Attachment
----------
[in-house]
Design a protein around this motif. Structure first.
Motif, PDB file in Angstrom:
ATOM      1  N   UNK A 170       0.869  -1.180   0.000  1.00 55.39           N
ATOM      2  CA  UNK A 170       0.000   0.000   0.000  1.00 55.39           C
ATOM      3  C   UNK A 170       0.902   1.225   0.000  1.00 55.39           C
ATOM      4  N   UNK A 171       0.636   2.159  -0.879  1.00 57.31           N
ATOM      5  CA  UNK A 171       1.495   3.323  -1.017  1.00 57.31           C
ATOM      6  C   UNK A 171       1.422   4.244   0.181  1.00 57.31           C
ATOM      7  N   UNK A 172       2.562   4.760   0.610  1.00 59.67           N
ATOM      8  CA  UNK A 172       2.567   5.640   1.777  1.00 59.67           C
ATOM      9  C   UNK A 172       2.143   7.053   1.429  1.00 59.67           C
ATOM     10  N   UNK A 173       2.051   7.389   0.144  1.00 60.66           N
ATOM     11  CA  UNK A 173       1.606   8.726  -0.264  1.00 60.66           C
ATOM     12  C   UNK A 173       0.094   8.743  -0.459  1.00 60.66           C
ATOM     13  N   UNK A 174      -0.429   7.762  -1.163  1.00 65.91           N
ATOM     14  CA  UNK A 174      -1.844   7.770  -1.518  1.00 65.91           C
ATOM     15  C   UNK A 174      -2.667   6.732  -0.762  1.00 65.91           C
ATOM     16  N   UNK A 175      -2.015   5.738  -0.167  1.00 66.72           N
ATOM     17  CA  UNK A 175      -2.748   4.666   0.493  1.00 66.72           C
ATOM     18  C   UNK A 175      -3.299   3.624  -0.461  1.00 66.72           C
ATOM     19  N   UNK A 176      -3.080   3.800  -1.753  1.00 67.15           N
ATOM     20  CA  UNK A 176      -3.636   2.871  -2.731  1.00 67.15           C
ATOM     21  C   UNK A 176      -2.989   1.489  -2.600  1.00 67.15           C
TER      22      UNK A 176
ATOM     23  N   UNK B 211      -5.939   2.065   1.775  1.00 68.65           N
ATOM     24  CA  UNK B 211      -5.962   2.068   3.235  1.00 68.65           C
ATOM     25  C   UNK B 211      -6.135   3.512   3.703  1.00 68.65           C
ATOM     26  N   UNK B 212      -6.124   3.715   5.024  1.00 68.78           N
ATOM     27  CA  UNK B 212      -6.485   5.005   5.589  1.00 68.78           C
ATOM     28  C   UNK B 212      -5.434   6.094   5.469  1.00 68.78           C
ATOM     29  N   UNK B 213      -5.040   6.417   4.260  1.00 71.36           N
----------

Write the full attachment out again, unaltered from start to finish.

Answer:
[in-house]
Design a protein around this motif. Structure first.
Motif, PDB file in Angstrom:
ATOM      1  N   UNK A 170       0.869  -1.180   0.000  1.00 55.39           N
ATOM      2  CA  UNK A 170       0.000   0.000   0.000  1.00 55.39           C
ATOM      3  C   UNK A 170       0.902   1.225   0.000  1.00 55.39           C
ATOM      4  N   UNK A 171       0.636   2.159  -0.879  1.00 57.31           N
ATOM      5  CA  UNK A 171       1.495   3.323  -1.017  1.00 57.31           C
ATOM      6  C   UNK A 171       1.422   4.244   0.181  1.00 57.31           C
ATOM      7  N   UNK A 172       2.562   4.760   0.610  1.00 59.67           N
ATOM      8  CA  UNK A 172       2.567   5.640   1.777  1.00 59.67           C
ATOM      9  C   UNK A 172       2.143   7.053   1.429  1.00 59.67           C
ATOM     10  N   UNK A 173       2.051   7.389   0.144  1.00 60.66           N
ATOM     11  CA  UNK A 173       1.606   8.726  -0.264  1.00 60.66           C
ATOM     12  C   UNK A 173       0.094   8.743  -0.459  1.00 60.66           C
ATOM     13  N   UNK A 174      -0.429   7.762  -1.163  1.00 65.91           N
ATOM     14  CA  UNK A 174      -1.844   7.770  -1.518  1.00 65.91           C
ATOM     15  C   UNK A 174      -2.667   6.732  -0.762  1.00 65.91           C
ATOM     16  N   UNK A 175      -2.015   5.738  -0.167  1.00 66.72           N
ATOM     17  CA  UNK A 175      -2.748   4.666   0.493  1.00 66.72           C
ATOM     18  C   UNK A 175      -3.299   3.624  -0.461  1.00 66.72           C
ATOM     19  N   UNK A 176      -3.080   3.800  -1.753  1.00 67.15           N
ATOM     20  CA  UNK A 176      -3.636   2.871  -2.731  1.00 67.15           C
ATOM     21  C   UNK A 176      -2.989   1.489  -2.600  1.00 67.15           C
TER      22      UNK A 176
ATOM     23  N   UNK B 211      -5.939   2.065   1.775  1.00 68.65           N
ATOM     24  CA  UNK B 211      -5.962   2.068   3.235  1.00 68.65           C
ATOM     25  C   UNK B 211      -6.135   3.512   3.703  1.00 68.65           C
ATOM     26  N   UNK B 212      -6.124   3.715   5.024  1.00 68.78           N
ATOM     27  CA  UNK B 212      -6.485   5.005   5.589  1.00 68.78           C
ATOM     28  C   UNK B 212      -5.434   6.094   5.469  1.00 68.78           C
ATOM     29  N   UNK B 213      -5.040   6.417   4.260  1.00 71.36           N